‘Ecosystem services’ are defined as the benefits people gain from nature, thus connecting human wellbeing and functioning ecosystems (MA 2003). Ecosystem service concepts originated in an effort to raise support for conservation; but now, permeate environment and development policies, practices, and new approaches to financing. A common reflex within ecosystem service approaches is to make explicit those values which have until now remained implicit (e.g. habitat provision or cultural heritage).This approach is predicated on the idea that if people, policies, and financial mechanisms can recognise the full value of an ecosystem, then more sustainable behaviour will ensue. However, this assumes a ‘true’ value exists and lies within an ecosystem, rather than multiple values being continually constructed through the interactions individuals, institutions, and societies have with nature. Thus, the very process of identifying and measuring values potentially alters the interactions people have with nature, and redefines, in sometimes unexpected ways (e.g. commodifying nature), what is and is not of value.
This PhD project will seek to determine whether, and how, the ecosystem services concept has re-shaped values within particular local and policy settings (e.g. those concerning the environment or development). In doing so this PhD will evaluate national and international policy documents; and, through comparative case study analysis examine community perceptions of ecosystem services (ES): before, during, and after an ecosystem service assessment has been conducted. It will specifically: 1) Identify communities of practice (e.g. conservation NGO’s or government agencies) based on the specific ES interpretations used (e.g. ES as ecological services, direct benefits, or natures gifts) and the normative goals for which they utilize an ES framing (e.g. for conservation or development); 2) Identify shifts, at a community or individual scale, in how nature is perceived to be of value (e.g. as a source of income or a source of identity); 3) Determine the extent to which these shifts are mediated by emerging rhetoric, policy, or direct intervention and 4) Evaluate the methodological use of comparative case study analysis.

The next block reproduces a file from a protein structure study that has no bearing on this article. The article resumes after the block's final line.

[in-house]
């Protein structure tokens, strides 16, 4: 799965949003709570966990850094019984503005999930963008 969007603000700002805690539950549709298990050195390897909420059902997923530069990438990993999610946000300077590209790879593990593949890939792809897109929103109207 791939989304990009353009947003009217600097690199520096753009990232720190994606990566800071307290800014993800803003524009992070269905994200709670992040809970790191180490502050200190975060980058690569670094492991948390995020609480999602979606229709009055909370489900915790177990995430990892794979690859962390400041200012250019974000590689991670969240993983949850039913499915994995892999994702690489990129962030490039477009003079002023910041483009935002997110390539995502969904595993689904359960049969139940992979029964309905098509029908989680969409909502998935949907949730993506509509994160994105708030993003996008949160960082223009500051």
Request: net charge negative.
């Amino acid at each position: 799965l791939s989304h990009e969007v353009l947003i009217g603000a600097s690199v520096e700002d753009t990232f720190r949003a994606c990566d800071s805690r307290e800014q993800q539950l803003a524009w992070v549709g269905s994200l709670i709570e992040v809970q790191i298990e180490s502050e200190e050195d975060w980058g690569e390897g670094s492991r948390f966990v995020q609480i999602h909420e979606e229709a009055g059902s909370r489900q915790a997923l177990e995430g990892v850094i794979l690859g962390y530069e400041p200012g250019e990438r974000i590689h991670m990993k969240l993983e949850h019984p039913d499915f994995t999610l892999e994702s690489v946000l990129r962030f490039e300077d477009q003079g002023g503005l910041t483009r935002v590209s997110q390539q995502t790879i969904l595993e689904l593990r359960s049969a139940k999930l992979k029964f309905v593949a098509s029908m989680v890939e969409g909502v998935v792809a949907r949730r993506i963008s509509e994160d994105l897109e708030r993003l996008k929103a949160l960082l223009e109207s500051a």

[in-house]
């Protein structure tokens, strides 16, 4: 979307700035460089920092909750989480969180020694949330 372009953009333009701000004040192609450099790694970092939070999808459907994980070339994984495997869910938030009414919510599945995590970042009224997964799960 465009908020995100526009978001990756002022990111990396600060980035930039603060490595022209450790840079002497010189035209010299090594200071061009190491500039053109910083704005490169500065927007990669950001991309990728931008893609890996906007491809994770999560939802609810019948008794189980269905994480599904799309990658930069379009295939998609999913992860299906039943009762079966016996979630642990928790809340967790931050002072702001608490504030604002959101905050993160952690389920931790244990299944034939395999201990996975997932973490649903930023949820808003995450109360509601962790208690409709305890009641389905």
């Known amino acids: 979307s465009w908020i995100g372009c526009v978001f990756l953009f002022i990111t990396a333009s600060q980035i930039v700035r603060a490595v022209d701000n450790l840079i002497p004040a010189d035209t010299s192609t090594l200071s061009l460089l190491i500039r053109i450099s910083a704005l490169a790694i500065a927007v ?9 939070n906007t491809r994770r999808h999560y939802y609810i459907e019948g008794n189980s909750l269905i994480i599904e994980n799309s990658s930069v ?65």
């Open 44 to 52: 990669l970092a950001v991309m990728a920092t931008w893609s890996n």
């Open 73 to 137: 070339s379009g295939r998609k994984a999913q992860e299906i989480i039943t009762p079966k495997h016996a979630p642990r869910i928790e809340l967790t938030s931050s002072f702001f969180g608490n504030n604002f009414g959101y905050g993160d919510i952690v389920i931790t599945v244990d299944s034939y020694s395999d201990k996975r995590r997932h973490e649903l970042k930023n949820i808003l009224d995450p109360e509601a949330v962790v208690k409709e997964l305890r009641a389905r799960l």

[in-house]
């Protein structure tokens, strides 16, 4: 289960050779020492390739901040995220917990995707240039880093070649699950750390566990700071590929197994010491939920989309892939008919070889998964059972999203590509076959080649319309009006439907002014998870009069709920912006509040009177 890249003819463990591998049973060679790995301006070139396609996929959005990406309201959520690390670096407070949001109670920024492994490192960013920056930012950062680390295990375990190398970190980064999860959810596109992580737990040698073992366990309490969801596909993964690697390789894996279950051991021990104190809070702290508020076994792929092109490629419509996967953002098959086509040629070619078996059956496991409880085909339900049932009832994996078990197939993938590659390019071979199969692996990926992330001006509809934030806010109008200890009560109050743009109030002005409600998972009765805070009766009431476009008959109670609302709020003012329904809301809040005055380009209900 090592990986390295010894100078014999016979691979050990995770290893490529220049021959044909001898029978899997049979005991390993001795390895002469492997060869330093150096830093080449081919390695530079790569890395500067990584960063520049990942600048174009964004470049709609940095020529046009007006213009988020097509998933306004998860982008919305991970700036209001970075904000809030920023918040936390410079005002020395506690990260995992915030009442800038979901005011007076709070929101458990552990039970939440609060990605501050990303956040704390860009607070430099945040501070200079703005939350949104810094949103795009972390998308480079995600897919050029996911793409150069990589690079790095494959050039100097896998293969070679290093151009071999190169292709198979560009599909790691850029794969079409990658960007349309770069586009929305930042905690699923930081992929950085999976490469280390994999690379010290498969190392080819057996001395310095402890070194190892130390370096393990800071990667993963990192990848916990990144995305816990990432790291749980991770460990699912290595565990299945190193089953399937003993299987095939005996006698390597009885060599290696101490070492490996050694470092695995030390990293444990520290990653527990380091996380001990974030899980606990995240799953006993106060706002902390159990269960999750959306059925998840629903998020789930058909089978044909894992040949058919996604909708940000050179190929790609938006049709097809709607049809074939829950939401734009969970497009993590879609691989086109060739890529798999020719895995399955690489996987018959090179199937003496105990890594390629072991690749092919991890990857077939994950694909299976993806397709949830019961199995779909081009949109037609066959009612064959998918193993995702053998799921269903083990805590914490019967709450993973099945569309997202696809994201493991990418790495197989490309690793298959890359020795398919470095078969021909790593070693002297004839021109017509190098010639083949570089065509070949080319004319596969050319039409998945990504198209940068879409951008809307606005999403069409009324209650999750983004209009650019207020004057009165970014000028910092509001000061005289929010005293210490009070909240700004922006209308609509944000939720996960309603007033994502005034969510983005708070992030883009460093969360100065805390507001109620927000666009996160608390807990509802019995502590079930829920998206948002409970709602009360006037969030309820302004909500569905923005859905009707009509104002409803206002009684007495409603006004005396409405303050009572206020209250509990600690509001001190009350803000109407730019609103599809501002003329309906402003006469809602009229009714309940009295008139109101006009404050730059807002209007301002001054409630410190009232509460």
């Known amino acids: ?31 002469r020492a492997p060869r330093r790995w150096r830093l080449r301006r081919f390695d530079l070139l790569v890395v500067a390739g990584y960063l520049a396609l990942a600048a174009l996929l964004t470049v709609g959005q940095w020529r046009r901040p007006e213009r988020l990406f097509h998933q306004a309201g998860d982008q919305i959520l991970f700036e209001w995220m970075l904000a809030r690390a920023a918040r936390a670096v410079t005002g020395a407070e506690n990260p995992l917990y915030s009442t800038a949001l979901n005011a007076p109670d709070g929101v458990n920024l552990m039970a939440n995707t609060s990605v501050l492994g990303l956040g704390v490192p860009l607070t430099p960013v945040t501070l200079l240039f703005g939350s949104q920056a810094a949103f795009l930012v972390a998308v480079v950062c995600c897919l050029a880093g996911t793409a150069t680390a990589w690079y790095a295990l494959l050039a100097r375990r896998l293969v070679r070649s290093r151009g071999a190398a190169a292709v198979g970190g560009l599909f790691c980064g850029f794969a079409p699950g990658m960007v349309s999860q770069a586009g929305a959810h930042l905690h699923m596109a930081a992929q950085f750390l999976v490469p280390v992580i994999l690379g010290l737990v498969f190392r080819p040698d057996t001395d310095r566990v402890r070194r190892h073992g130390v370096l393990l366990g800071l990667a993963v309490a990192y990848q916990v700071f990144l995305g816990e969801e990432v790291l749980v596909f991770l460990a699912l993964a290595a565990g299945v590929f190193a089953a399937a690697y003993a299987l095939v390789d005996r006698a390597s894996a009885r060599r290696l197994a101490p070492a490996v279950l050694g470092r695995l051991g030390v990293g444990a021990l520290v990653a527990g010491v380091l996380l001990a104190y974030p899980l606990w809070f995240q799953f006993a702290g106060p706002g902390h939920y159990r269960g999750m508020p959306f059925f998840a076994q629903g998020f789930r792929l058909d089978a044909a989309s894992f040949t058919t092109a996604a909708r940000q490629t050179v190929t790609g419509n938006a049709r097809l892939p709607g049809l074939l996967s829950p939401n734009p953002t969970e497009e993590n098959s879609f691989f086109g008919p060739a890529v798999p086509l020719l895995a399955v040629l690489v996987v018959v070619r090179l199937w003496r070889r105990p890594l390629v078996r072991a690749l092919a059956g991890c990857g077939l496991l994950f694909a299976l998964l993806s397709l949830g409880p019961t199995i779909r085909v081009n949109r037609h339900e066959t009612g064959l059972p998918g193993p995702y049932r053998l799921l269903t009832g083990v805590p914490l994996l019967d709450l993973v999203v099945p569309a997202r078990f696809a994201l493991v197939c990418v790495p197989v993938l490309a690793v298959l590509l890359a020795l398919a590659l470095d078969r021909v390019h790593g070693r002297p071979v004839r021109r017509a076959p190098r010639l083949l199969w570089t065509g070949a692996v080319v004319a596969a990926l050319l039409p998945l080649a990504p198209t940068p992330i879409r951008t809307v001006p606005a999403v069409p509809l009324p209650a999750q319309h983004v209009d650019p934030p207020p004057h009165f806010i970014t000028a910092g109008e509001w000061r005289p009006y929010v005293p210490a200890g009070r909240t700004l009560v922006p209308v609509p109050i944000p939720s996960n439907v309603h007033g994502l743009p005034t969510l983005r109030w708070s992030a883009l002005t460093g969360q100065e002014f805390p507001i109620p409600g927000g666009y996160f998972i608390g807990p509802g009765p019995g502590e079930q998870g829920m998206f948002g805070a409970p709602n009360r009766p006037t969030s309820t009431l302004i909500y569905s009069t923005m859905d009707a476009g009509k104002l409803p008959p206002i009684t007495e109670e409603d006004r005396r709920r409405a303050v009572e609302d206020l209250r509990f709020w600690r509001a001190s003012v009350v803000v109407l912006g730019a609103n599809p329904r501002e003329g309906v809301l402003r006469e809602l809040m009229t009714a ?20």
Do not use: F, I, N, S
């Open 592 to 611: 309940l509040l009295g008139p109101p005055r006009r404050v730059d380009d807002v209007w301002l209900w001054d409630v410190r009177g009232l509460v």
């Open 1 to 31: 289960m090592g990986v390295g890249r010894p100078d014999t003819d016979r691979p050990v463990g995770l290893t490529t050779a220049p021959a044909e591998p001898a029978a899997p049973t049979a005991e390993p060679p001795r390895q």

Further Information: http://www.lancaster.ac.uk/sci-tech/downloads/phd_257.pdf
Academic Requirements: First-class or 2.1 (Hons) degree, or Masters degree (or equivalent) in an appropriate subject.
Deadline for applications: 14 February 2016
Provisional Interview Date: [tbc] Week Beginning 29 February 2016
Start Date: October 2016
Application process: Please upload a completed application form (download from http://www.lancaster.ac.uk/media/lancaster-university/content-assets/documents/lec/pg/LEC_Funded_PhD_Application_Form.docx) outlining your background and suitability for this project and a CV at LEC Postgraduate Research Applications, http://www.lec.lancs.ac.uk/postgraduate/pgresearch/apply-online.
You also require two references, please send the reference form (download from http://www.lancaster.ac.uk/media/lancaster-university/content-assets/documents/lec/pg/LEC_Funded_PhD_Reference_Form.docx) to your two referees and ask them to email it to Andy Harrod ([email protected]
), Postgraduate Research (PGR) Co-ordinator, Lancaster Environment Centre by the deadline.
Due to the limited time between the closing date and the interview date, it is essential that you ensure references are submitted by the closing date or as soon as possible.
1. Hicks, C. C., & Cinner, J. E. (2014). Social, institutional, and knowledge mechanisms mediate diverse ecosystem service benefits from coral reefs. Proceedings of the National Academy of Sciences, 111(50), 17791-17796.
2. Pascual, U., Phelps, J et al., (2014). Social equity matters in payments for ecosystem services. BioScience, biu146.
3. Turnhout, E., Waterton, C., Neves, K., & Buizer, M. (2013). Rethinking biodiversity: from goods and services to “living with”. Conservation Letters, 6(3), 154-161.
4. Fisher, J. A., & Brown, K. (2014). Ecosystem services concepts and approaches in conservation: Just a rhetorical tool? Ecological Economics, 108, 257-265.
5. Scott, J. C. (1998). Seeing like a state: How certain schemes to improve the human condition have failed. Yale University Press.
6. Millennium Ecosystem Services Assessment (2003) Island Press